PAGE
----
One of the most compelling narratives in Scripture is the retelling of the last supper. A lasting image has been the picture of Jesus, the Son of God, washing his disciples feet. Let’s take a closer look at where John introduces this act, Jesus’ final instructions, and his prayer for the Apostles, starting in John 13:1-5:
Now before the Feast of the Passover, Jesus knowing that His hour had come that He would depart out of this world to the Father, having loved His own who were in the world, He loved them to the end.
During supper, the devil having already put into the heart of Judas Iscariot, the son of Simon, to betray Him, Jesus, knowing that the Father had given all things into His hands, and that He had come forth from God and was going back to God, got up from supper, and laid aside His garments; and taking a towel, He girded Himself.
Then He poured water into the basin, and began to wash the disciples’ feet and to wipe them with the towel with which He was girded. (John 13:1-5)
Notice the timing. Jesus did not wash their feet before the meal. It is written that He “got up from supper”. They were already reclining. Most likely their feet were already clean, after all, they were in the midst of their meal. Take a look:
(Jesus) got up from supper, and laid aside His garments … (John 13:4a)
In the past I taught that this was a great demonstration of love (because that is what the Scriptures teach). Yet, what I really thought was this: the virtue most clearly exhibited was humility. How was Jesus washing their feet an incredible demonstration of love? Take a look at this lineup of the demonstrations of the love of Jesus.
The incarnation… incredible love!
The cross… incredible love!
Washing feet… incredible love. … Really? Yes.
If Jesus didn’t wash their feet to prepare them for the Seder, then what provoked this? Why this abrupt change? Why did Jesus get up from the supper? Something more foul than the stench of dirty feet pervaded that room. The seeds of the Apostolic community’s destruction had germinated and needed to be uprooted.
Dining with the Devil
During supper, the devil having already put into the heart of Judas Iscariot, the son of Simon, to betray Him (John 13:2)
The devil had left an imprint in the heart of Judas Iscariot. The word “devil” translates “diabolos.” Properly, the word means “slanderer.” That spirit was actively at work.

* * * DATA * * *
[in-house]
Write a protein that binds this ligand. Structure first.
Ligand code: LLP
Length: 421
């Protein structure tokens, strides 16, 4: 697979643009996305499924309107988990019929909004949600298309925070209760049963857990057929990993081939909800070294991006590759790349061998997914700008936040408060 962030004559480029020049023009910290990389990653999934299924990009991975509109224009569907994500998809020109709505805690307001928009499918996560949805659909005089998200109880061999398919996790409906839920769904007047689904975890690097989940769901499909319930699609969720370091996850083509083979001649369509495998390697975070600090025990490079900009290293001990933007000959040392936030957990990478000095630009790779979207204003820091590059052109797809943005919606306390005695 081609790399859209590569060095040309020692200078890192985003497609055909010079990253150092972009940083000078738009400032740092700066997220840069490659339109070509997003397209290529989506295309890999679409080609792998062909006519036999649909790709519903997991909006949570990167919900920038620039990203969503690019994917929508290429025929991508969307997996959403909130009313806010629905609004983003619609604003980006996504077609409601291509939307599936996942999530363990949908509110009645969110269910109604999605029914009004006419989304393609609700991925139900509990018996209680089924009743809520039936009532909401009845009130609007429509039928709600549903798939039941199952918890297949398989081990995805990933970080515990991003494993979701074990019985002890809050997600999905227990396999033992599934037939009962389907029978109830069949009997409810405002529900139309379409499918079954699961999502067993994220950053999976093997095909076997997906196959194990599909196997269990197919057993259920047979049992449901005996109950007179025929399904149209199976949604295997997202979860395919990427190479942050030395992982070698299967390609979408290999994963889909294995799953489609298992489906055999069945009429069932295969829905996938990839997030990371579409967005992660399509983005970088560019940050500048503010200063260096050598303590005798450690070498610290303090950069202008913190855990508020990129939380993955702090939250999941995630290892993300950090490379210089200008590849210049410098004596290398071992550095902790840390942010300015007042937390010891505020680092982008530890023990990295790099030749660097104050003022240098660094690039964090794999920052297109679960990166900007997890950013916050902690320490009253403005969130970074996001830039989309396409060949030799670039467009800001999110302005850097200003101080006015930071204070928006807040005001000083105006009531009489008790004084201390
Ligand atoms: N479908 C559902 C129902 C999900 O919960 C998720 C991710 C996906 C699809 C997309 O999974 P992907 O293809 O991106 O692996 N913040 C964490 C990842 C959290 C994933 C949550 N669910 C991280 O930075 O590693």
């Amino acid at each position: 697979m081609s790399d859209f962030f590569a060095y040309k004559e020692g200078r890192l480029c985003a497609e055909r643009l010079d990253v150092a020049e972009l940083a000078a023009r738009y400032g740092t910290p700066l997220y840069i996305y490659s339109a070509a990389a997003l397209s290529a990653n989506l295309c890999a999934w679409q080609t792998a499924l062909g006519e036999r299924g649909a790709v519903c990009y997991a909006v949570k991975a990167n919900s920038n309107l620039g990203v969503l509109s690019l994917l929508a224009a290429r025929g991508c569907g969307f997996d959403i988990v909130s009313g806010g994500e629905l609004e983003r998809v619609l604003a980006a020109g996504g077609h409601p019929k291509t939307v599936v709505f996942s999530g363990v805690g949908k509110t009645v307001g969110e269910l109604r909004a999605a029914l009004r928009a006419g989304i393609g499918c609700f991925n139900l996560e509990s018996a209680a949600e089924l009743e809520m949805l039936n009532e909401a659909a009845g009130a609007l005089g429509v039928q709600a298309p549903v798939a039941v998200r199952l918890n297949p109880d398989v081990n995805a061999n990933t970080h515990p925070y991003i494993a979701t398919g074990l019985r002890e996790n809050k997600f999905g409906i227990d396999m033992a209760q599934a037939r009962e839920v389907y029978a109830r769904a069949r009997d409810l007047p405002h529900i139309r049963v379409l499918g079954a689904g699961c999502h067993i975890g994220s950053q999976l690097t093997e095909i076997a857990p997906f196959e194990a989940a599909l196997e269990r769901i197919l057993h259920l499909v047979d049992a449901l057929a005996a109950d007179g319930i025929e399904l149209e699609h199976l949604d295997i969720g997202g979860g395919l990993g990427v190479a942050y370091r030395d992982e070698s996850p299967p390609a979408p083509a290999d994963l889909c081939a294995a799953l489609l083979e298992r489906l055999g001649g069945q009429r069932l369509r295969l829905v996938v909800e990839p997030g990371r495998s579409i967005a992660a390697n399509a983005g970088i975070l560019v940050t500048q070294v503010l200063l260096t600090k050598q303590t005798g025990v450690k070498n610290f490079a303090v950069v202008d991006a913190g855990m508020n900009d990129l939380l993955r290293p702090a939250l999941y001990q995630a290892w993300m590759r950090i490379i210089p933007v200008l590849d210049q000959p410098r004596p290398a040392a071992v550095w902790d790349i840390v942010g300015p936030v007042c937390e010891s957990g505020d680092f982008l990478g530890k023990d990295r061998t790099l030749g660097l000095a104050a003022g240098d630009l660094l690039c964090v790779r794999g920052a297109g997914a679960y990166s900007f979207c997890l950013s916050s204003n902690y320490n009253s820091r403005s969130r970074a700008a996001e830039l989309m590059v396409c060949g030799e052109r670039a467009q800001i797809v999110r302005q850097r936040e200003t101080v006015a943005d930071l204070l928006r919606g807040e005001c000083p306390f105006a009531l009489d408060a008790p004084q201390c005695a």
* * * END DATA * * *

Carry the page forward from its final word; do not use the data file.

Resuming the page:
The Synoptic Gospels report Jesus’ temptation in the wilderness. John’s Gospel does not. The matters addressed in the Temptation are settled in John. He wrote that Jesus knew His origin, authority, direction, destiny and the timing of that destiny’s fulfillment (John 13:1a,3). Yet present at the Seder was a heart conformed to the Slanderer’s corrupt perspective. The meal’s ambiance was tainted with a satanic attitude.
Certainly the Messiah was aware of Judas’ heart and the power of such satanic influence. Earlier that week Judas’ “compassionate” complaints were contagious.
Now when Jesus was at Bethany in the house of Simon the leper, a woman came up to him with an alabaster flask of very expensive ointment, and she poured it on his head as he reclined at table. (Matthew 26:6-7)
But Judas Iscariot, one of his disciples (he who was about to betray him), said, “Why was this ointment not sold for three hundred denarii and given to the poor?” (John 12:4-5)
And when the disciples saw it, they were indignant, saying, “Why this waste? For this could have been sold for a large sum and given to the poor.” (Matthew 26:8-9)
Judas’ polluted heart (John 12:6) produced an atmosphere of diabolic challenge and temptation. In the wilderness Satan tempted Jesus: “Who are you? What are you? Prove it. Worship me, Your reign can begin right now!” This attitude was present at the table.
The Messiah was aware of Judas’ identity from the beginning:
Jesus answered them, “Did I Myself not choose you, the twelve, and yet one of you is a devil?” Now He meant Judas the son of Simon Iscariot, for he, one of the twelve, was going to betray Him. (John 6:70-71)
There, partaking of the covenant meal, about to have his feet washed(!), was the malevolent slanderer. He played innocent (John 13:21-22), but his calculating enmity and hate-filled hypocrisy could not be concealed. Jesus knew Judas and the traitor’s true intentions.
Judas’ presence was not the only problem at this banquet. One thing John charitably omitted was what may have been the immediate background to the Messiah washing their feet: the ludicrous argument mentioned in Luke’s Gospel. It happened right after Jesus instituted what is known as “the Lord’s Table”.
[Jesus said,] “But behold, the hand of the one betraying Me is with Mine on the table. For indeed, the Son of Man is going as it has been determined; but woe to that man by whom He is betrayed!”
And they began to discuss among themselves which one of them it might be who was going to do this thing. And there arose also a dispute among them as to which one of them was regarded to be greatest.
And He said to them, “The kings of the Gentiles lord it over them; and those who have authority over them are called ‘Benefactors.’ But it is not this way with you, but the one who is the greatest among you must become like the youngest, and the leader like the servant. “For who is greater, the one who reclines at the table or the one who serves? Is it not the one who reclines at the table?